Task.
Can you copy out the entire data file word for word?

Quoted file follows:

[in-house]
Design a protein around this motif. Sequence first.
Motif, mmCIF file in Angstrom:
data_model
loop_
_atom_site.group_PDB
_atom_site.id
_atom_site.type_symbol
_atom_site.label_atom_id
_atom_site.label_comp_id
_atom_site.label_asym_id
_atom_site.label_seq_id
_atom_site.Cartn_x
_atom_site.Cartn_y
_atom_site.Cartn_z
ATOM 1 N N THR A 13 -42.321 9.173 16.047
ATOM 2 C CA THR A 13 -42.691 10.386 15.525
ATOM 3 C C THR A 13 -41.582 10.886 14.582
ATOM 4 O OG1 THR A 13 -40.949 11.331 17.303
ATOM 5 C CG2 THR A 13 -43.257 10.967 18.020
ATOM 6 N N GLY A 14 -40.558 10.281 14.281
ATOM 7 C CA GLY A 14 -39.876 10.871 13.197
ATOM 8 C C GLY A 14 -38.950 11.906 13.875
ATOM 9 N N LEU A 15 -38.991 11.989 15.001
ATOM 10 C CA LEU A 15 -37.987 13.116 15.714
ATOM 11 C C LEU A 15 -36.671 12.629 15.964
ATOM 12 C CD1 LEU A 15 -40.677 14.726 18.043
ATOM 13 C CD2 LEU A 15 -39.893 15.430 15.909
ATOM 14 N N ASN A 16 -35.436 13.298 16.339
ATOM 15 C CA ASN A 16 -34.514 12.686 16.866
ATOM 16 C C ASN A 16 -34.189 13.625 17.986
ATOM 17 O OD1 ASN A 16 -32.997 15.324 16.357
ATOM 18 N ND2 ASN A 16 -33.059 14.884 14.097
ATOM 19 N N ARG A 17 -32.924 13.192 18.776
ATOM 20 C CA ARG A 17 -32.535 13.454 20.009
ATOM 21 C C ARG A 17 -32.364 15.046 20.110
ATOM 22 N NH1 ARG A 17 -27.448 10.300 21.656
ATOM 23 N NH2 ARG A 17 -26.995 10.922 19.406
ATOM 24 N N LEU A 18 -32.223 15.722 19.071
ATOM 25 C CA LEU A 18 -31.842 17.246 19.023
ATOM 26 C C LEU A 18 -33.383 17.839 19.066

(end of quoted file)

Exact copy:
[in-house]
Design a protein around this motif. Sequence first.
Motif, mmCIF file in Angstrom:
data_model
loop_
_atom_site.group_PDB
_atom_site.id
_atom_site.type_symbol
_atom_site.label_atom_id
_atom_site.label_comp_id
_atom_site.label_asym_id
_atom_site.label_seq_id
_atom_site.Cartn_x
_atom_site.Cartn_y
_atom_site.Cartn_z
ATOM 1 N N THR A 13 -42.321 9.173 16.047
ATOM 2 C CA THR A 13 -42.691 10.386 15.525
ATOM 3 C C THR A 13 -41.582 10.886 14.582
ATOM 4 O OG1 THR A 13 -40.949 11.331 17.303
ATOM 5 C CG2 THR A 13 -43.257 10.967 18.020
ATOM 6 N N GLY A 14 -40.558 10.281 14.281
ATOM 7 C CA GLY A 14 -39.876 10.871 13.197
ATOM 8 C C GLY A 14 -38.950 11.906 13.875
ATOM 9 N N LEU A 15 -38.991 11.989 15.001
ATOM 10 C CA LEU A 15 -37.987 13.116 15.714
ATOM 11 C C LEU A 15 -36.671 12.629 15.964
ATOM 12 C CD1 LEU A 15 -40.677 14.726 18.043
ATOM 13 C CD2 LEU A 15 -39.893 15.430 15.909
ATOM 14 N N ASN A 16 -35.436 13.298 16.339
ATOM 15 C CA ASN A 16 -34.514 12.686 16.866
ATOM 16 C C ASN A 16 -34.189 13.625 17.986
ATOM 17 O OD1 ASN A 16 -32.997 15.324 16.357
ATOM 18 N ND2 ASN A 16 -33.059 14.884 14.097
ATOM 19 N N ARG A 17 -32.924 13.192 18.776
ATOM 20 C CA ARG A 17 -32.535 13.454 20.009
ATOM 21 C C ARG A 17 -32.364 15.046 20.110
ATOM 22 N NH1 ARG A 17 -27.448 10.300 21.656
ATOM 23 N NH2 ARG A 17 -26.995 10.922 19.406
ATOM 24 N N LEU A 18 -32.223 15.722 19.071
ATOM 25 C CA LEU A 18 -31.842 17.246 19.023
ATOM 26 C C LEU A 18 -33.383 17.839 19.066